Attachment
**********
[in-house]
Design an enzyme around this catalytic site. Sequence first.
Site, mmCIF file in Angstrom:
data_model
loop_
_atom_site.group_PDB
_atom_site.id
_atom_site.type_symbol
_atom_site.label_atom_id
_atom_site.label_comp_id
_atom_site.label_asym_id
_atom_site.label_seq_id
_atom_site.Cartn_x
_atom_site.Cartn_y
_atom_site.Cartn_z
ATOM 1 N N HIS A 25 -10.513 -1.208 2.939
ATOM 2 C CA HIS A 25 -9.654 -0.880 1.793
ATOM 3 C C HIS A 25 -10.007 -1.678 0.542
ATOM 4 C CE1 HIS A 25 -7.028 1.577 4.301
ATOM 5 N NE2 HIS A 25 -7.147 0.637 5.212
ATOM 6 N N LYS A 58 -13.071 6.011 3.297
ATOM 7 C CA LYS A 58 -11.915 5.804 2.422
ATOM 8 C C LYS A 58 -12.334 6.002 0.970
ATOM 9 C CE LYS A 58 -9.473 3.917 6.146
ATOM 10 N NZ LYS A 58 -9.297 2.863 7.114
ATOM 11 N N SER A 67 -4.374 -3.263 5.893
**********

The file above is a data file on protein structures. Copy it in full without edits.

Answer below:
[in-house]
Design an enzyme around this catalytic site. Sequence first.
Site, mmCIF file in Angstrom:
data_model
loop_
_atom_site.group_PDB
_atom_site.id
_atom_site.type_symbol
_atom_site.label_atom_id
_atom_site.label_comp_id
_atom_site.label_asym_id
_atom_site.label_seq_id
_atom_site.Cartn_x
_atom_site.Cartn_y
_atom_site.Cartn_z
ATOM 1 N N HIS A 25 -10.513 -1.208 2.939
ATOM 2 C CA HIS A 25 -9.654 -0.880 1.793
ATOM 3 C C HIS A 25 -10.007 -1.678 0.542
ATOM 4 C CE1 HIS A 25 -7.028 1.577 4.301
ATOM 5 N NE2 HIS A 25 -7.147 0.637 5.212
ATOM 6 N N LYS A 58 -13.071 6.011 3.297
ATOM 7 C CA LYS A 58 -11.915 5.804 2.422
ATOM 8 C C LYS A 58 -12.334 6.002 0.970
ATOM 9 C CE LYS A 58 -9.473 3.917 6.146
ATOM 10 N NZ LYS A 58 -9.297 2.863 7.114
ATOM 11 N N SER A 67 -4.374 -3.263 5.893